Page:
[uh-blig-uh-tawr-ee, -tohr-ee, ob-li-guh-]


required as a matter of obligation; mandatory: A reply is desirable but not obligatory.
incumbent or compulsory (usually followed by on or upon): duties obligatory on all.
imposing moral or legal obligation; binding: an obligatory promise.
creating or recording an obligation, as a document.

Origin of obligatory

1425–75; late Middle English < Late Latin obligātōrius binding, equivalent to Latin obligā(re) to bind (see obligate) + -tōrius -tory1
Related formsob·lig·a·to·ri·ly [uh-blig-uh-tawr-uh-lee, ‐tohr‐, ob-li-guh‐, uh-blig-uh-tawr-uh-lee, ‐tohr‐, ob-li-guh‐] /əˈblɪg əˌtɔr ə li, ‐ˌtoʊr‐, ˈɒb lɪ gə‐, əˌblɪg əˈtɔr ə li, ‐ˈtoʊr‐, ˌɒb lɪ gə‐/, adverbob·lig·a·to·ri·ness, nounnon·ob·lig·a·to·ri·ly, adverbnon·ob·lig·a·to·ry, adjectiveun·o·blig·a·to·ry, adjective

Synonyms for obligatory

Antonyms for obligatory

Dictionary.com Unabridged Based on the Random House Unabridged Dictionary, © Random House, Inc. 2019

Examples from the Web for obligatory

Contemporary Examples of obligatory

Historical Examples of obligatory

  • In France and in England, it is obligatory also to attend vespers on the Sundays.

  • The study of these three languages is obligatory in the secondary schools.

    Holland, v. 1 (of 2)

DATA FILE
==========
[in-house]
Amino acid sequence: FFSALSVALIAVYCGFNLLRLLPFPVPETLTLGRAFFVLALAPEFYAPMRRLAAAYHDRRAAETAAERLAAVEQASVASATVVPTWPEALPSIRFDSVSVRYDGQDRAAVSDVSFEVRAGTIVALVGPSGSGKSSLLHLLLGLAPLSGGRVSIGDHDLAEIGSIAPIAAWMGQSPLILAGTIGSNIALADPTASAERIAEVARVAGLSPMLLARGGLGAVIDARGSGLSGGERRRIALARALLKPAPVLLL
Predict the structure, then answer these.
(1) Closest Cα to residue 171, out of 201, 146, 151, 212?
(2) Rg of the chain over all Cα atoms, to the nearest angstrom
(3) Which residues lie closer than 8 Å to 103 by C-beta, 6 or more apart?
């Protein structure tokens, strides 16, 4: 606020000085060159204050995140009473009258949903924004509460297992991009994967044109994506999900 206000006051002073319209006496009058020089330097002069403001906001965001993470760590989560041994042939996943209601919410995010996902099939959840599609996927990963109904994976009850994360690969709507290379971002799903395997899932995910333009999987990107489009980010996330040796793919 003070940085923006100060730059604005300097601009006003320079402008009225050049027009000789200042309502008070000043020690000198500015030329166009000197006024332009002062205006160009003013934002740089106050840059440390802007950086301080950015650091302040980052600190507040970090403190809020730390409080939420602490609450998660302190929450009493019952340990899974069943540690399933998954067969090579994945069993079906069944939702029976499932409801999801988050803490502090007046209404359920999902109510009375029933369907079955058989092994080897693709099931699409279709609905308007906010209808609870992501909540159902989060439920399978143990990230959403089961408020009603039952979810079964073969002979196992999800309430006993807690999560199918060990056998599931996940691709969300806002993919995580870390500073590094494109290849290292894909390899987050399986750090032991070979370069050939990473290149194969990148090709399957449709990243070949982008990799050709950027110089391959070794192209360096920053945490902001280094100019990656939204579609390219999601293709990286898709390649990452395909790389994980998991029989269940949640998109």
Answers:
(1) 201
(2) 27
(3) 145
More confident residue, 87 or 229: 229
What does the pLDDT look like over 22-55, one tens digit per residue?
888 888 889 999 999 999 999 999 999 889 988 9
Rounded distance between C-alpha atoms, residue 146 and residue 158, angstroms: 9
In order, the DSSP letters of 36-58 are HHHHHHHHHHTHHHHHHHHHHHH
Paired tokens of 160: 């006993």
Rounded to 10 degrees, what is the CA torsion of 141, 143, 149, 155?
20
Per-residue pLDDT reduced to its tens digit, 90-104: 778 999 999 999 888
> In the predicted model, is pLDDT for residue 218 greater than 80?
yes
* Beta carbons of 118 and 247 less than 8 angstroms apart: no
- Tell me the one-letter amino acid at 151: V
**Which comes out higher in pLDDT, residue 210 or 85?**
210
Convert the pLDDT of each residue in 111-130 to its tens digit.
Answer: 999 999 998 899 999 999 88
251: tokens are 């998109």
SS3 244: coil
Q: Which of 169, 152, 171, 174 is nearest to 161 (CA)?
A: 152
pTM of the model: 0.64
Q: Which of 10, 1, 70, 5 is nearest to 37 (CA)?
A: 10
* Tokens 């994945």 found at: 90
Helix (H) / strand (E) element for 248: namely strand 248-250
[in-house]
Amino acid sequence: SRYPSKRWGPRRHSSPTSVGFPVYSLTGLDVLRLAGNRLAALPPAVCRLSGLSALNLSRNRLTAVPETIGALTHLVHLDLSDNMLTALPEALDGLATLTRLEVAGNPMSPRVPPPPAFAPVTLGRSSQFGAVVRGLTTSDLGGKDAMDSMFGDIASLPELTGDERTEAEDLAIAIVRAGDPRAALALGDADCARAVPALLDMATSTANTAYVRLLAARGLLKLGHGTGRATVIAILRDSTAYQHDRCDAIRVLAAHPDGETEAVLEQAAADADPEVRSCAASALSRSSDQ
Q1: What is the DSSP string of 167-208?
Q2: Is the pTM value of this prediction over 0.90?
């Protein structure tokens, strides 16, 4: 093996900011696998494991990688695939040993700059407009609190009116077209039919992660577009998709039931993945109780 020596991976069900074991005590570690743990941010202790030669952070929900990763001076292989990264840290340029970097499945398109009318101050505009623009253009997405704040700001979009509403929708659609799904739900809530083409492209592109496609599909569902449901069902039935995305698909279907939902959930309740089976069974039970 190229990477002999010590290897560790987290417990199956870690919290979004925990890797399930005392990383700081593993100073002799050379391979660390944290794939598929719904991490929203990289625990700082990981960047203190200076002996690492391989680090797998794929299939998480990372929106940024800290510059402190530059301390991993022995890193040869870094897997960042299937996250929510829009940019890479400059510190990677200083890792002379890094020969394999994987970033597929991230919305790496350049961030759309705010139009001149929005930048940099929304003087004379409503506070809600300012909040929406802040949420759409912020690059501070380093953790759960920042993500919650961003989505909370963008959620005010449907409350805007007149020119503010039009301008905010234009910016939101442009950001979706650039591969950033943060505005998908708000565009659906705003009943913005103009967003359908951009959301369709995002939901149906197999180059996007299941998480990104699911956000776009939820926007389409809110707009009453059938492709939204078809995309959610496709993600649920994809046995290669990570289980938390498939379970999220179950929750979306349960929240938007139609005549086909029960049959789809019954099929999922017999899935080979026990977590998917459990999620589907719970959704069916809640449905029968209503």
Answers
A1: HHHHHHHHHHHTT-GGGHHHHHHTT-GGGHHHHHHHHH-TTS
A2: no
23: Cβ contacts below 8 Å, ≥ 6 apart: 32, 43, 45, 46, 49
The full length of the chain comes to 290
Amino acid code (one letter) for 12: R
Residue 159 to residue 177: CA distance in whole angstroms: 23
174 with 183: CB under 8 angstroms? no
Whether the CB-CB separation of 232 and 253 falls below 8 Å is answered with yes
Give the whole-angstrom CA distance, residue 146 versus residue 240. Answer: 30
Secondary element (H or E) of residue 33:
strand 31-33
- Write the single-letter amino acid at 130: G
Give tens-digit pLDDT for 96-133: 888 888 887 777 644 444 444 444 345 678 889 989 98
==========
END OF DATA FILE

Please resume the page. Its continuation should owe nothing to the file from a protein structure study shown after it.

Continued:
Edmondo de Amicis

  • For this is due to a confusion of the good or generous with the obligatory.

  • They made an obligatory and superficial search through the coal cellar.

    Just Patty

    Jean Webster

  • The presence of women in the synagogue was in many instances not obligatory.

    Luna Benamor

    Vicente Blasco Ibez

British Dictionary definitions for obligatory



required to be done, obtained, possessed, etc
of the nature of or constituting an obligation
Derived Formsobligatorily, adverb
Collins English Dictionary - Complete & Unabridged 2012 Digital Edition © William Collins Sons & Co. Ltd. 1979, 1986 © HarperCollins Publishers 1998, 2000, 2003, 2005, 2006, 2007, 2009, 2012

Word Origin and History for obligatory

c.1400, from Old French obligatoire "creating an obligation, obligatory," and directly from Late Latin obligatorius "binding," from obligat-, past participle stem of obligare (see oblige).

Online Etymology Dictionary, © 2010 Douglas Harper